A true team effort, though, this season really was the culmination of the squad building that had taken place for the last 6 years.
Now I’m not one to blow my own trumpet (that’s a lie) but here’s what I consider to be my best team including some completely unrelated, non-biased, not-showing-off data – their cost, the year they joined and their current age (YP denotes youth product):
If you want a screenshot of a particular player or want to know more about him etc then please feel free to ask.
That’s not to say that I didn’t spend some money. At the start of this season I splashed almost £11m on two newgens – Dutch inside forward Selim Eser and Guyanan central midfielder Collie Baker. Both performed well, though, and were key components in ensuring that we maintained momentum when the preferred starters needed rest periods or were injured / suspended / etc.
The youth team is also well stocked with talents and the academy continues to produce the goods with two exceptional looking attacking midfielders, Albert Nieuwenhuis and Marco Calor, waiting in the wings for when Jan van den Berg would eventually be snapped up by a big gun.
I have, however, called it a day with ADO. Why?
Simply because I fancied a change. I have, as always, kept a save from before my resignation in case I want to go back and continue to develop the club but I was getting itchy feet for a new club and a new tactic. With that in mind, I used what I am coming to realise is a game-changing new feature in FM – the ability to add and remove new leagues.
Out went Curacao etc and in came Brazil, England, France, Germany, Greece, Portugal, Russia and Spain.
With the Eredivisie title now secured, I was free to seek a challenge elsewhere without the regret of leaving as a loser and, subsequently, with the additional rep boost of a domestic title. Resigning from ADO, then, I took my chance on the job market – going ‘on holiday’ and applying for all top division clubs.
One of the bigger Brazilian clubs, they were languishing in 17th on my arrival having won just twice in the first 11 games, scoring 6 goals.
With a squad still boasting the undeniable talents of Adryan and Rafinha, I decided that it was worth a punt even if I only end up spending 6 months in the job.
To continue the change of direction from ADO, I decided against using the same tactic and have, in fact, taken a completely different approach. In order to raise the morale and give the team a foundation to build on, I’ve implemented a patient, possession-hungry tactic that aims to keep a solid defensive shape and use Adryan as the main ball-player.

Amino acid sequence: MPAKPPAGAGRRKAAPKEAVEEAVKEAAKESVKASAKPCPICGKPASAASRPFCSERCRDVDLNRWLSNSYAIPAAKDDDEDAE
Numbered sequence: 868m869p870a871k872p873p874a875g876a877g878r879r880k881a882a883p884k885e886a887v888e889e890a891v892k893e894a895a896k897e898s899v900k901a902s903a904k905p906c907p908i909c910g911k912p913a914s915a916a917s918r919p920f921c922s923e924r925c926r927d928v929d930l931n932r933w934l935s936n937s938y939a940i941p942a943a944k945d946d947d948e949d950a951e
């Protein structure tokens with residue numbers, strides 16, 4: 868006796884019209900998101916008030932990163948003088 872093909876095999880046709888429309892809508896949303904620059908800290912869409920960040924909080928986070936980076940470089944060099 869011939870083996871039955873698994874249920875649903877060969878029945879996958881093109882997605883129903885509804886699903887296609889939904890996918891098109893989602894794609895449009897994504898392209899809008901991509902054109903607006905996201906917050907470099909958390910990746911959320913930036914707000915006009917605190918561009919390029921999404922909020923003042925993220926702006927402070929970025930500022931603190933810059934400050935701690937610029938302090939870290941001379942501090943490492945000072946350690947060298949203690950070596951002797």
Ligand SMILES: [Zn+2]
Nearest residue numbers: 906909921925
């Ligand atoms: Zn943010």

It has worked to an extent so far.
With a couple of exceptions, the defence has really solidified and we just need to step it up offensively to push on. Nevertheless, we’ve climbed away from the relegation zone, now sitting mid-table with a confident side looking up rather than down. So the first job is done.
To be completely honest, though, I’m not really ‘feeling it’ in Brazil. Perhaps it’s just the ‘new club’ syndrome and the fact that I don’t really know the players too well – which is such a massive change from the carefully cultivated squad at Den Haag…
… also Brazilian football in FM is incredibly negative. Maybe it’s down to Flamengo’s reputation but, along with the ‘box’, teams team to play a very negative 3-3-2-2 against me with a flat back 3, wingbacks and a DM, 2 central midfielders and 2 strikers. This leads to some pretty dull games which are not what I had become used to in Holland.
Either way, for now the Dutch chapter of this career has been closed and I’ve moved on to a new job… for how long we shall see in the next update. If it really is that boring I might end up going back to ADO and having another shot at the Champions League!!
Until then, thanks again for reading and please let me know if you have any comments or questions.